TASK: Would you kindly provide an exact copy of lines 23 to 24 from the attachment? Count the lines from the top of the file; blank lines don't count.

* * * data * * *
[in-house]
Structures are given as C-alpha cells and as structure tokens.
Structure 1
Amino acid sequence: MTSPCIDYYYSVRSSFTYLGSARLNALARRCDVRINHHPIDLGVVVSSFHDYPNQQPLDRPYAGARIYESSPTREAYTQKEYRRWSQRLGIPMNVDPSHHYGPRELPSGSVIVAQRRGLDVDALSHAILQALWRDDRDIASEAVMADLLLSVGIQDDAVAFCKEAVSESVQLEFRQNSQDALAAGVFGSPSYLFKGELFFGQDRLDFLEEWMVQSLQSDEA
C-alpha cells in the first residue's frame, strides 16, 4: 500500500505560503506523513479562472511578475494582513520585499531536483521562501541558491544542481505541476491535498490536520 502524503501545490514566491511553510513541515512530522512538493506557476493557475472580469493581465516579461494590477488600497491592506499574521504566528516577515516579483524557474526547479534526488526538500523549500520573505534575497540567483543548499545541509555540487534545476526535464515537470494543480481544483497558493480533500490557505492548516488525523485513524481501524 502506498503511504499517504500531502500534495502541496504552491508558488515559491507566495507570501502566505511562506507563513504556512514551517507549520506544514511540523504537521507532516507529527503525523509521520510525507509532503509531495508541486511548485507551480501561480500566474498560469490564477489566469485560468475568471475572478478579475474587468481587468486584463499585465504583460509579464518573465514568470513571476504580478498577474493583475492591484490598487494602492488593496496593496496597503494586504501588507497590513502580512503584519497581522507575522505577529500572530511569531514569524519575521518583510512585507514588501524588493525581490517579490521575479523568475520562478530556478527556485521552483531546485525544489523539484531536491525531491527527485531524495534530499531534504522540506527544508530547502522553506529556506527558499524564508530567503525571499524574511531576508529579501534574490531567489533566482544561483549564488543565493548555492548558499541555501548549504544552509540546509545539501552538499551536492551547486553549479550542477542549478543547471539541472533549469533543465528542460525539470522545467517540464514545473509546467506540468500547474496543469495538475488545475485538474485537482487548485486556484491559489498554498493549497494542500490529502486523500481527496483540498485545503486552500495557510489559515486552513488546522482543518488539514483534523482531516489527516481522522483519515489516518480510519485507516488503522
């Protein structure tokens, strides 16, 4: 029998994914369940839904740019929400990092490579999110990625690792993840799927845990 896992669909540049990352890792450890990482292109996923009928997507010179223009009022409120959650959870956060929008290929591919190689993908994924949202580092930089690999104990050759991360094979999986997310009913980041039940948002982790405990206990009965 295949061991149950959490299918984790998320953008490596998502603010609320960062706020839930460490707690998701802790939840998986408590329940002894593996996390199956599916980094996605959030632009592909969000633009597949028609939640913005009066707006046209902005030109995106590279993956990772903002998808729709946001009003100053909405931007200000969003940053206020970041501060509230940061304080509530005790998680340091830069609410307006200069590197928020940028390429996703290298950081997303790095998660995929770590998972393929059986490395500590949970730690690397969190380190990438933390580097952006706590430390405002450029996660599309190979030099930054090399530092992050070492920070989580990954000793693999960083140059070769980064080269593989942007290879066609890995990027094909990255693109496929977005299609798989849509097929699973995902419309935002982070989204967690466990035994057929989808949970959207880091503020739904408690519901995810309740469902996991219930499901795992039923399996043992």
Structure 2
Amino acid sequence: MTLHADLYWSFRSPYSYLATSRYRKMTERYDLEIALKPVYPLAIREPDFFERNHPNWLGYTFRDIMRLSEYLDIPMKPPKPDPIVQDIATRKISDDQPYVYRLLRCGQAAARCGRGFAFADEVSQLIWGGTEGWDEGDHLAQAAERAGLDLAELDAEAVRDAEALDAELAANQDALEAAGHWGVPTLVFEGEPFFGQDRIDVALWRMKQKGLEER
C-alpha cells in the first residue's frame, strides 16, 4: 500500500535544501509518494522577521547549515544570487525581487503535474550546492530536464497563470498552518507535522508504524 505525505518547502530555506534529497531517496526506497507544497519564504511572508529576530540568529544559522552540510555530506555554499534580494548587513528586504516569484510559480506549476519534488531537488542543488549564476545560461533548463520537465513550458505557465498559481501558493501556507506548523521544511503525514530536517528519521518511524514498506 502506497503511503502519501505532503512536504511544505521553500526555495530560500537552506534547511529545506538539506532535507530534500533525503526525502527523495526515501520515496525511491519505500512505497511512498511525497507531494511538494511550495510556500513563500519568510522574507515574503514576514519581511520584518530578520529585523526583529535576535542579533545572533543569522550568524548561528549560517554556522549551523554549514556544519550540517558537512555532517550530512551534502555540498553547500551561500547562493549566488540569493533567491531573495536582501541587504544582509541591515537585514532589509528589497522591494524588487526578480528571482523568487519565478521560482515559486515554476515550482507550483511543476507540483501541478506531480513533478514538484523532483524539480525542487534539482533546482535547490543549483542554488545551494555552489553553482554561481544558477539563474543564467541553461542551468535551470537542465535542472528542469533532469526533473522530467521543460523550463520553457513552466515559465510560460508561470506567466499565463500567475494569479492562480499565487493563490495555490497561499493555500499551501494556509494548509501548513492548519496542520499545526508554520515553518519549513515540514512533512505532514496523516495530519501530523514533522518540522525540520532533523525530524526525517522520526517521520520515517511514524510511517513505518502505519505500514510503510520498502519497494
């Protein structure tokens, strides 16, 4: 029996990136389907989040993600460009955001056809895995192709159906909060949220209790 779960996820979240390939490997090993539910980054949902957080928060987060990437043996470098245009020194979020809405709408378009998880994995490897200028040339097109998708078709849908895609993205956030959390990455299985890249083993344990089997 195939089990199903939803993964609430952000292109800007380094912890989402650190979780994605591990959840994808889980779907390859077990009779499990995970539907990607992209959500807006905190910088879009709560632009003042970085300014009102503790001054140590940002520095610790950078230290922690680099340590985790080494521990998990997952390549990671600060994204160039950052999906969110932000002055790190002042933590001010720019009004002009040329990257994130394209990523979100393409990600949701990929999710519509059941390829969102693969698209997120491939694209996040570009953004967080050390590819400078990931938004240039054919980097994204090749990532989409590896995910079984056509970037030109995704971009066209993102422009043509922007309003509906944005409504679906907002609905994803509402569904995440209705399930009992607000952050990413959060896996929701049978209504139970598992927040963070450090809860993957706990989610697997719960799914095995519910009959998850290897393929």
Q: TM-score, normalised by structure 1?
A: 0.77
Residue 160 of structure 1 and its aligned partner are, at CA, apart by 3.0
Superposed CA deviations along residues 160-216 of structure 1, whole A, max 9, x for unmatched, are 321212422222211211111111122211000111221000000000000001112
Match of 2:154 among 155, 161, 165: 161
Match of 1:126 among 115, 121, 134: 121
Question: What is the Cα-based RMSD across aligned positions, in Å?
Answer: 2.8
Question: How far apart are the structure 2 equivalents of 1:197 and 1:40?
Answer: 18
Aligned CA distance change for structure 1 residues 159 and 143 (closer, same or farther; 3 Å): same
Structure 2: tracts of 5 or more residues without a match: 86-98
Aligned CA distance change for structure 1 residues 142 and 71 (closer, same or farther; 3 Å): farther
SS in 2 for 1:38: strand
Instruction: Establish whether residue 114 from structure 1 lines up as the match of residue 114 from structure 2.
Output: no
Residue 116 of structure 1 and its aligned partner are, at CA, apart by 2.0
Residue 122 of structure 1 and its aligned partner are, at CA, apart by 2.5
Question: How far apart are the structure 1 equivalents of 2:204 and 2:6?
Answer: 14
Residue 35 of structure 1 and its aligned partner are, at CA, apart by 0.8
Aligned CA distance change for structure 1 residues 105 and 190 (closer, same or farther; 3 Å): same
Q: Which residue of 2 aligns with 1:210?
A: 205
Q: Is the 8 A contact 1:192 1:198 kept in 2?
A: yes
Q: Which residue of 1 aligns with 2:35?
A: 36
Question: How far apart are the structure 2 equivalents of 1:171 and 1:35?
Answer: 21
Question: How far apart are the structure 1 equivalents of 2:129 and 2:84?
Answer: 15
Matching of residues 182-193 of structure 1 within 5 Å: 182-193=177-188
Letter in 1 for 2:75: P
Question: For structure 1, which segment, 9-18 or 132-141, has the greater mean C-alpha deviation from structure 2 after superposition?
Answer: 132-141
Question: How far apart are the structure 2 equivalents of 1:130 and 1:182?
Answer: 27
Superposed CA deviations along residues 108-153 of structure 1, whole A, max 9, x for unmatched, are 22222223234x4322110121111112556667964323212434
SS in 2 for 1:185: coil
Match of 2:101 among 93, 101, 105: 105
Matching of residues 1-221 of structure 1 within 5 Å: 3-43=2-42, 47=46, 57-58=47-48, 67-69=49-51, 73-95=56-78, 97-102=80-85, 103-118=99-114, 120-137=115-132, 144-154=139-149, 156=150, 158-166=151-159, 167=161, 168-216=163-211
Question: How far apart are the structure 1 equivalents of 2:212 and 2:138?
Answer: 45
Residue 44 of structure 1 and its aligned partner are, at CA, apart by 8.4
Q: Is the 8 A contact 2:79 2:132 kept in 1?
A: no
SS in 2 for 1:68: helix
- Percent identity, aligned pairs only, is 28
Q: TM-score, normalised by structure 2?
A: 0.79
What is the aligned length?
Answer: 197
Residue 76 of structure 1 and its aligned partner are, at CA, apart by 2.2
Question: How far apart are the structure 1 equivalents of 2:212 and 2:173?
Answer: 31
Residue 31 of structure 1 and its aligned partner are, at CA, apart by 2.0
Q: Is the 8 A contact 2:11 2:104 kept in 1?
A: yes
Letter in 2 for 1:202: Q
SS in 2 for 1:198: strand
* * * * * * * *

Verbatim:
Aligned CA distance change for structure 1 residues 142 and 71 (closer, same or farther; 3 Å): farther
SS in 2 for 1:38: strand